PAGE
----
This project, which was also a quality improvement effort, was devoted to the topic of catheter-associated urinary tract infections (CAUTIs), as well as their prevention and rate reduction. The general aim was to decrease the likelihood of developing CAUTIs among the residents of a long-term care facility, as well as testing an intervention that is evidenced to achieve such an outcome (2% chlorhexidine washcloths) (Huang, Chen, Wang, & He, 2016). Long-term care residents, especially if they are older adults, are a vulnerable population when CAUTIs are concerned (Jump et al., 2018), which justified the interest in the topic. The project employed the staff and residents of the facility. The former group of participants was trained to ensure the correct usage of the intervention; the latter group was subjected to regular washcloth bathing. The effectiveness of both the training and intervention were measured before and after their application with the statistical analysis applied as appropriate. In this section, the results and conclusions will be summarized, and the possibility of future projects will be examined.
A Likert-scale questionnaire was used to test the staff’s CAUTI knowledge. It allowed determining the impact of the training on the participants’ ability to prevent CAUTI, and the application of the Wilcoxon signed ranks test indicated that the training was indeed effective (p=0.004). The residents’ urinalysis results were employed to assess their health. Their state did not change by the end of the procedures, which implied that the washcloths might have been successful in lowering the likelihood of CAUTI development. Thus, the project managed to achieve the objective of ensuring a decreased probability of CAUTIs, and it also successfully improved the staff’s knowledge in an attempt to enable the correct usage of the tested intervention.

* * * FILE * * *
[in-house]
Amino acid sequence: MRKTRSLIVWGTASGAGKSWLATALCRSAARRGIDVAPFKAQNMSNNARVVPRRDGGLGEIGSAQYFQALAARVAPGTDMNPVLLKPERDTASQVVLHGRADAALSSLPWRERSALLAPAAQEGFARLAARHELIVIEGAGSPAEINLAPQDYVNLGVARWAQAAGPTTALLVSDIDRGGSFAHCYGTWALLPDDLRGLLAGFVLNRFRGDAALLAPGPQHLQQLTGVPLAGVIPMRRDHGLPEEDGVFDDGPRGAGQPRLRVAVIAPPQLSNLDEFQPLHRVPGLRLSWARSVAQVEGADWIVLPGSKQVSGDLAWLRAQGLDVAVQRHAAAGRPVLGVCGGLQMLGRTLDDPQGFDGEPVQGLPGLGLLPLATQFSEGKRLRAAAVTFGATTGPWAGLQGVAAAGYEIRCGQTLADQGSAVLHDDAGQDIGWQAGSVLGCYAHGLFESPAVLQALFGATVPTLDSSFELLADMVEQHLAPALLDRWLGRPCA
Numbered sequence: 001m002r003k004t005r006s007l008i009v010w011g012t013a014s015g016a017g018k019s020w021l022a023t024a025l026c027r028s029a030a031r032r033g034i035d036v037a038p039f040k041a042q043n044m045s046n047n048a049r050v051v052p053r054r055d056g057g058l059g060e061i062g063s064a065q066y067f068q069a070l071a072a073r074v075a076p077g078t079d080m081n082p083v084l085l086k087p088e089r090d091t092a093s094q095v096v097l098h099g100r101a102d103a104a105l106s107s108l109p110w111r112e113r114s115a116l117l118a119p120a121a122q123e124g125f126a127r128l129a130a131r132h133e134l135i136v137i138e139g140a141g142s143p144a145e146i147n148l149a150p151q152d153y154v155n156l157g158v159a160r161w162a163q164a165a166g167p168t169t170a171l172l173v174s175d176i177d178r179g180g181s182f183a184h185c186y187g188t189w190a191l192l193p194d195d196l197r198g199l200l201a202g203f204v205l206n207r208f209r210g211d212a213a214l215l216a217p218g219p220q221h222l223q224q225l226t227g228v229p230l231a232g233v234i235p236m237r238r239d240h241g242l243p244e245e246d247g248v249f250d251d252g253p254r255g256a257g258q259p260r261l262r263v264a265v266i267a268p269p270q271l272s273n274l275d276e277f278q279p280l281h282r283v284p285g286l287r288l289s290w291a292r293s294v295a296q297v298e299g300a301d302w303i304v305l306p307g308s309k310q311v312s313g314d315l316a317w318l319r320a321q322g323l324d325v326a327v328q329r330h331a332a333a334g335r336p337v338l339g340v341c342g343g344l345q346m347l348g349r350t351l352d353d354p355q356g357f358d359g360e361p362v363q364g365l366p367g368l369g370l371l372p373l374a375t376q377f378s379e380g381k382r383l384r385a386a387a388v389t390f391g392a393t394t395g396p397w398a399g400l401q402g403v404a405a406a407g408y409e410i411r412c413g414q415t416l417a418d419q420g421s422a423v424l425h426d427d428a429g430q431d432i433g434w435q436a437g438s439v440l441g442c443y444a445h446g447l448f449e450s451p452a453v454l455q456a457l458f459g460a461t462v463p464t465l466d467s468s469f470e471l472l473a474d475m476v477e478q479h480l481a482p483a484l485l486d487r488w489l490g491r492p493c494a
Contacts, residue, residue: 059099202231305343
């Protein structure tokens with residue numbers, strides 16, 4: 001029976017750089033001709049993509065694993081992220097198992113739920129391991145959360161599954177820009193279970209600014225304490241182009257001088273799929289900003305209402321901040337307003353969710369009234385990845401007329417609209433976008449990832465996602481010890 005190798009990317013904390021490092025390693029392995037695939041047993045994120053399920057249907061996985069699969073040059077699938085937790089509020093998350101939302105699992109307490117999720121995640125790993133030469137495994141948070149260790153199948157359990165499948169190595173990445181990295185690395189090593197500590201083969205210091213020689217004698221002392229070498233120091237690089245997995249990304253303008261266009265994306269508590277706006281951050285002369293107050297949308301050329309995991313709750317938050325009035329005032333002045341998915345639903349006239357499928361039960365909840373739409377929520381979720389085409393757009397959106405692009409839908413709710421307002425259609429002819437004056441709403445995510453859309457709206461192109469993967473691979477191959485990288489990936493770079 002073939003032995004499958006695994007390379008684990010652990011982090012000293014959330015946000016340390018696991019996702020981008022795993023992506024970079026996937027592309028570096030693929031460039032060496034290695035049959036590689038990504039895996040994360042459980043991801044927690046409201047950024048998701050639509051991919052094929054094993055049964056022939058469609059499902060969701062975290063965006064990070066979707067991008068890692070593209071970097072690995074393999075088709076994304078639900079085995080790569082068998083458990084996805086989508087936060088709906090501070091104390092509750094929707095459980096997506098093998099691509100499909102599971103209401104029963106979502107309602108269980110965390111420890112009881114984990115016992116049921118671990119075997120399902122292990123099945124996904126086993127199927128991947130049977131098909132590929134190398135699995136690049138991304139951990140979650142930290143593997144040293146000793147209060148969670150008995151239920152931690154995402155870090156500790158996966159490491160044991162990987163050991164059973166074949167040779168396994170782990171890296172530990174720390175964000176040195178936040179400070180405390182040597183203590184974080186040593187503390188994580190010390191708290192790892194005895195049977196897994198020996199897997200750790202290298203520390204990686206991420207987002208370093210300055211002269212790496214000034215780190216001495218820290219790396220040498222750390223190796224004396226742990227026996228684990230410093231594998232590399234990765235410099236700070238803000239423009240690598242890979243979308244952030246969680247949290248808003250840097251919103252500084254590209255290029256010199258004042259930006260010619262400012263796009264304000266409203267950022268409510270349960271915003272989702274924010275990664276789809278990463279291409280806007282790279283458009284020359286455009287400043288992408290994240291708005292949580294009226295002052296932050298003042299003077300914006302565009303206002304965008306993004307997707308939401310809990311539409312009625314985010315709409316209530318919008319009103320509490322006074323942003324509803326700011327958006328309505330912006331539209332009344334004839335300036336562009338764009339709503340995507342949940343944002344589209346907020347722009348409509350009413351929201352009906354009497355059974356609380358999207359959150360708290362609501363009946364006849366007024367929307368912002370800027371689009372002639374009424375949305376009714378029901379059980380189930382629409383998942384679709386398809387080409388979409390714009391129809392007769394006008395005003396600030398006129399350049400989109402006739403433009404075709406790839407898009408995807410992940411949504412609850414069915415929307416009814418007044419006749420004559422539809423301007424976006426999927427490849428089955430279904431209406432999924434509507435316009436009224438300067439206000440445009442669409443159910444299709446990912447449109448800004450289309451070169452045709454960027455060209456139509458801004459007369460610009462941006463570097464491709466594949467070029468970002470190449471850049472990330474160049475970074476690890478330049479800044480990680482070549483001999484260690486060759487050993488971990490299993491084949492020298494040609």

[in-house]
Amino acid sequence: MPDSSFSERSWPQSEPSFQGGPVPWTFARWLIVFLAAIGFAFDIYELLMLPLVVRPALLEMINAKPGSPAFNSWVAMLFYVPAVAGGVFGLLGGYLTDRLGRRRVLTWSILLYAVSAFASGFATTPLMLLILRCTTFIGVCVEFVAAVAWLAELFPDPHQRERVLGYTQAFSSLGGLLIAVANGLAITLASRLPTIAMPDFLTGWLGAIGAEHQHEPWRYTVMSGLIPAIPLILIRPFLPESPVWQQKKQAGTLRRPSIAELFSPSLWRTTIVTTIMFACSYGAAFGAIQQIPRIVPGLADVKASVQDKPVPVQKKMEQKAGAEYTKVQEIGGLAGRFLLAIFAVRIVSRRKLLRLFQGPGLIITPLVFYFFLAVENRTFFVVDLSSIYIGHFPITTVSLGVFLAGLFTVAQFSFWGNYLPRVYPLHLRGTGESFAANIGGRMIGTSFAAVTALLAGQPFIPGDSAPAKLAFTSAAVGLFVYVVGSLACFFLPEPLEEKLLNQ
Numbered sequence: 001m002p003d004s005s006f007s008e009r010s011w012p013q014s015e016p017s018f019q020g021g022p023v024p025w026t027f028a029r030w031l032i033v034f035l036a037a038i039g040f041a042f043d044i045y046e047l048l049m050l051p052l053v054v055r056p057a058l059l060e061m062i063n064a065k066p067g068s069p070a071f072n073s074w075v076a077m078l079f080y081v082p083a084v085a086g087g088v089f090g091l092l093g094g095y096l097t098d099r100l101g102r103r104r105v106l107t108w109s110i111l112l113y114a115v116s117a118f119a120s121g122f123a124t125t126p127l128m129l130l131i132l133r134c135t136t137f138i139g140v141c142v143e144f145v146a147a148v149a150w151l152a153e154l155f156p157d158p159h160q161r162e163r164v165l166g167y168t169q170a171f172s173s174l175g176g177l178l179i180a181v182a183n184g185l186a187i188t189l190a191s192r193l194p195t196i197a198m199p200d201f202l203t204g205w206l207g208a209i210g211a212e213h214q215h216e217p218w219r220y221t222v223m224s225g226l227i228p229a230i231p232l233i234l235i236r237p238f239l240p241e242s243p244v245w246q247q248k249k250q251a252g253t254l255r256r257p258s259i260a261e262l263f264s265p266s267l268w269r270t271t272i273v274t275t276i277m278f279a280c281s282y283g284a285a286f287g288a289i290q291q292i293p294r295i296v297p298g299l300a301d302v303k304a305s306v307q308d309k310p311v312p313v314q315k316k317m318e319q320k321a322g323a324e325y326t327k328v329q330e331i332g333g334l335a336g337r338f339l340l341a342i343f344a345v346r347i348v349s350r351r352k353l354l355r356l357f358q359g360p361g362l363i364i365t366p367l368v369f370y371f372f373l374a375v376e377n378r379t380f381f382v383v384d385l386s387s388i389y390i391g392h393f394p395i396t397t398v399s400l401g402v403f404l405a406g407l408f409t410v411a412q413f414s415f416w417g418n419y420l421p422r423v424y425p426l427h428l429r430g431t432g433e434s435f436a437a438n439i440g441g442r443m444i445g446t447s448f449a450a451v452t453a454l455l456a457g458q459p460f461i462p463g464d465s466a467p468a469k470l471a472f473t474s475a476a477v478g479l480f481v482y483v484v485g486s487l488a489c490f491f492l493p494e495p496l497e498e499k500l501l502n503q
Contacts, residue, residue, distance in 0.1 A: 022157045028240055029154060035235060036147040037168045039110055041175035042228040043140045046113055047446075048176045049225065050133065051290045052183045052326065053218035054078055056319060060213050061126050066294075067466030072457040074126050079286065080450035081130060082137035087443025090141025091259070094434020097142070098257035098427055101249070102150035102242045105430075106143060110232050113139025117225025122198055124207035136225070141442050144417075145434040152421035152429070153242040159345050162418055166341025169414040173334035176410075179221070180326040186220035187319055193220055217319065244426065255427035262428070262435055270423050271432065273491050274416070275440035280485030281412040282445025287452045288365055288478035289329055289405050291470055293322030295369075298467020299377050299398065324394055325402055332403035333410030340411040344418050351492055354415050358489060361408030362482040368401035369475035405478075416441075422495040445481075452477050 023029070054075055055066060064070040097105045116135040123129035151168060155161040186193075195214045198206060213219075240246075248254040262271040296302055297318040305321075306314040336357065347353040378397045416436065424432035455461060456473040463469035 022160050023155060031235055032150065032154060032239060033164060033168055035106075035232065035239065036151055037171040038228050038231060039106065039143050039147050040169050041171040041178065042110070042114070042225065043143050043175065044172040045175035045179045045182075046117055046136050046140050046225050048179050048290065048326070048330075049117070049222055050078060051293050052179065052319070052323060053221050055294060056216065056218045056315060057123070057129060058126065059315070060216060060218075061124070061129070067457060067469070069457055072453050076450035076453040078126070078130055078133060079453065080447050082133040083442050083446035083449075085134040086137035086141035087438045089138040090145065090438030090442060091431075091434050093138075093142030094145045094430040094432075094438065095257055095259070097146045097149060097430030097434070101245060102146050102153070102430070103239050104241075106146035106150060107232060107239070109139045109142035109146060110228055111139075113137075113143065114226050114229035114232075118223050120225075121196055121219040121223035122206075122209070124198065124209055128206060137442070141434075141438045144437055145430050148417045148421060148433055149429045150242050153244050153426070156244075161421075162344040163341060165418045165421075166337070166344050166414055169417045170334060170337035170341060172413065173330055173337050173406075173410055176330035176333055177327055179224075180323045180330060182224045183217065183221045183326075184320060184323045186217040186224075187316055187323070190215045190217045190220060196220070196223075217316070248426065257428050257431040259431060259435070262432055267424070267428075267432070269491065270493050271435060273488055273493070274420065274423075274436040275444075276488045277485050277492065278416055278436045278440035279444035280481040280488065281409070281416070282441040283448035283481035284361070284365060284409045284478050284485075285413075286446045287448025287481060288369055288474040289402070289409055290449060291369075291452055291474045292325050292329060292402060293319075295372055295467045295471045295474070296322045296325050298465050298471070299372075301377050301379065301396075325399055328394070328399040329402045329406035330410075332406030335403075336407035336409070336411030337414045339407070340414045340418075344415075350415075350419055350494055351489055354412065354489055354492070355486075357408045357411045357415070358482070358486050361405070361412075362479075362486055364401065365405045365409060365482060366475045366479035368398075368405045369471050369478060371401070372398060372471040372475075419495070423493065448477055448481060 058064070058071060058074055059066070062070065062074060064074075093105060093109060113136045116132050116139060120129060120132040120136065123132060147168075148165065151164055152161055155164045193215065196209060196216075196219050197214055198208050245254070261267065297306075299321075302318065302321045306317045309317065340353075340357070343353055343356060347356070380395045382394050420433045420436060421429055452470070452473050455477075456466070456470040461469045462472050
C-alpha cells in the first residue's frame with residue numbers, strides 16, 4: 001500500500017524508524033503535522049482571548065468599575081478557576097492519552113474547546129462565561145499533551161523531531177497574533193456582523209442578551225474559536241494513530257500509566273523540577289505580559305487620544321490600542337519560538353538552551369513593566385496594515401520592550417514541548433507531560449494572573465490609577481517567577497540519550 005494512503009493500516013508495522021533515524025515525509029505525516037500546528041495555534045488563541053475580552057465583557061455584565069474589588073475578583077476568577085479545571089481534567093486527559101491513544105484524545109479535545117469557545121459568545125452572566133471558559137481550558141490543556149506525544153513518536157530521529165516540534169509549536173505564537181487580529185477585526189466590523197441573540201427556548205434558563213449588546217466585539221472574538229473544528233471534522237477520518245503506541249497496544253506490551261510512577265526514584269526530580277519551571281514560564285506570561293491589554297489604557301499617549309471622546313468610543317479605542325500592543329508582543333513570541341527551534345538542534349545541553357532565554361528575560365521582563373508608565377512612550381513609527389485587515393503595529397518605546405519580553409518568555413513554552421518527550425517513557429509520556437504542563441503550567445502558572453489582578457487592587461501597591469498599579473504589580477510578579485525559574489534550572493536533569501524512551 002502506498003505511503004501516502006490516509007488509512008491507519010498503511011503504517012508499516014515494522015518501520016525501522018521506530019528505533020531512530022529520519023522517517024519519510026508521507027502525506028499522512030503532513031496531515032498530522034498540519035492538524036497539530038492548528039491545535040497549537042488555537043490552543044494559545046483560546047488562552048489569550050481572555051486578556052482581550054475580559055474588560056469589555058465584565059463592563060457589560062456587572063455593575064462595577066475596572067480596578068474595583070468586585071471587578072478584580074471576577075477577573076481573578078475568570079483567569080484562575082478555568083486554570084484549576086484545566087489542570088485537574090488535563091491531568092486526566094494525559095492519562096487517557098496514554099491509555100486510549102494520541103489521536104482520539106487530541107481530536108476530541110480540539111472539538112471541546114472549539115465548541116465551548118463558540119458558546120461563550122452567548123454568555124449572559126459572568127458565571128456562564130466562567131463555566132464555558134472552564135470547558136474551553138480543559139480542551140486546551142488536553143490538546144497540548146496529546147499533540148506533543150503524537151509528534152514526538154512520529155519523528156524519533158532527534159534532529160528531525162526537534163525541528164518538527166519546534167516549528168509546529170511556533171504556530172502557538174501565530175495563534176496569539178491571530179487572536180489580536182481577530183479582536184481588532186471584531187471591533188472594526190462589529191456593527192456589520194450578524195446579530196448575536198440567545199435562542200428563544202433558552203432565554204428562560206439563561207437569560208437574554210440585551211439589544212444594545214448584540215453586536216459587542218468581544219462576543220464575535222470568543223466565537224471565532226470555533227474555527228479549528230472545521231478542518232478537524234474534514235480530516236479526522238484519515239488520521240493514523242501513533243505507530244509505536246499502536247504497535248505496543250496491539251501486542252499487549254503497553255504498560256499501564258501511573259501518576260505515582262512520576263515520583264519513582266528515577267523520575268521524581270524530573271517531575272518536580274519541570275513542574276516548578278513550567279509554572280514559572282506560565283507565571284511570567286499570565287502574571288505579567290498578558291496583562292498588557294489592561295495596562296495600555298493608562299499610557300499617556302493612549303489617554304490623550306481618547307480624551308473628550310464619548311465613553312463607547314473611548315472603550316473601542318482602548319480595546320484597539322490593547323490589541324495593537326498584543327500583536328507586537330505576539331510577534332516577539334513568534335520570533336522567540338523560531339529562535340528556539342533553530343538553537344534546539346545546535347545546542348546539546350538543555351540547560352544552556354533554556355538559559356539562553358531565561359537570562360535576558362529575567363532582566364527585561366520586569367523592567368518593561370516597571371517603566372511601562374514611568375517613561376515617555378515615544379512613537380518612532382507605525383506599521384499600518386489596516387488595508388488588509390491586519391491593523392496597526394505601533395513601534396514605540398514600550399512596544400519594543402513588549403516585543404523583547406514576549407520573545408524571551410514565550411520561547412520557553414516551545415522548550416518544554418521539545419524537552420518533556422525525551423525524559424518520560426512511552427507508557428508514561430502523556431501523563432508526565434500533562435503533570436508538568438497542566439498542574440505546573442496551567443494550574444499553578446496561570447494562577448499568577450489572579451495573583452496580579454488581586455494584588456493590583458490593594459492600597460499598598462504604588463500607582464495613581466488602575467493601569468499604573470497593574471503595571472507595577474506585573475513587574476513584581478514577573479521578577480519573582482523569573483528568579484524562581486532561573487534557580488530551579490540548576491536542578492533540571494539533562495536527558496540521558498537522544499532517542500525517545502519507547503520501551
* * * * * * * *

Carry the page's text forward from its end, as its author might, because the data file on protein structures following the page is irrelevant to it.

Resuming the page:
It should be emphasized that the project’s sample may have caused significant limitations. Regarding the staff, 26 members (nurses and nursing assistants) were available. While the differences in their knowledge prior to and after the training were statistically significant, it is still a relatively small sample that comes from one specific site. Residents were even less numerous; given the project’s extensive eligibility criteria, only five people were recruited. Moreover, one of them was transferred before the washcloth implementation; the project only managed to collect the pre-test urinalysis results for that resident. Consequently, four residents constituted the final sample of the project, which implies that the findings should not be treated as very generalizable.
Moreover, all the urine samples that were collected throughout the project had leukocytes in them, and two of them also had nitrite. Initially, the project was supposed to involve the residents who tested negative, but the site did not have such residents. As a result, the residents who did not exhibit CAUTI symptoms were viewed as eligible, and the project tracked changes in their health. Since none were recorded, the intervention appears to have prevented the development of new CAUTIs. Still, this feature of the sample needs to be considered.